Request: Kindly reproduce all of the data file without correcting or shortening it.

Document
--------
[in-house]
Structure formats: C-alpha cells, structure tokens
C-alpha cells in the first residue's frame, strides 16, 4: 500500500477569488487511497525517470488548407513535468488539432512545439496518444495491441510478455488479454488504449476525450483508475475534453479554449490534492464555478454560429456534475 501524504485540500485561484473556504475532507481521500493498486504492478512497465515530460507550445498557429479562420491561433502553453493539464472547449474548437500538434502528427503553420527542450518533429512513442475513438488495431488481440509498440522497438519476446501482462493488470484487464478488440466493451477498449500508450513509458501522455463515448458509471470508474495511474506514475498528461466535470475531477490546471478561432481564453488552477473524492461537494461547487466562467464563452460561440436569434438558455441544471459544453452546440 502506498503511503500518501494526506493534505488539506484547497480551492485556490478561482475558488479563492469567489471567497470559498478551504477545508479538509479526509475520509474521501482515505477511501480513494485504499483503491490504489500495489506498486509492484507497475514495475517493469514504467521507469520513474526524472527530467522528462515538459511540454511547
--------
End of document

[in-house]
Structure formats: C-alpha cells, structure tokens
C-alpha cells in the first residue's frame, strides 16, 4: 500500500477569488487511497525517470488548407513535468488539432512545439496518444495491441510478455488479454488504449476525450483508475475534453479554449490534492464555478454560429456534475 501524504485540500485561484473556504475532507481521500493498486504492478512497465515530460507550445498557429479562420491561433502553453493539464472547449474548437500538434502528427503553420527542450518533429512513442475513438488495431488481440509498440522497438519476446501482462493488470484487464478488440466493451477498449500508450513509458501522455463515448458509471470508474495511474506514475498528461466535470475531477490546471478561432481564453488552477473524492461537494461547487466562467464563452460561440436569434438558455441544471459544453452546440 502506498503511503500518501494526506493534505488539506484547497480551492485556490478561482475558488479563492469567489471567497470559498478551504477545508479538509479526509475520509474521501482515505477511501480513494485504499483503491490504489500495489506498486509492484507497475514495475517493469514504467521507469520513474526524472527530467522528462515538459511540454511547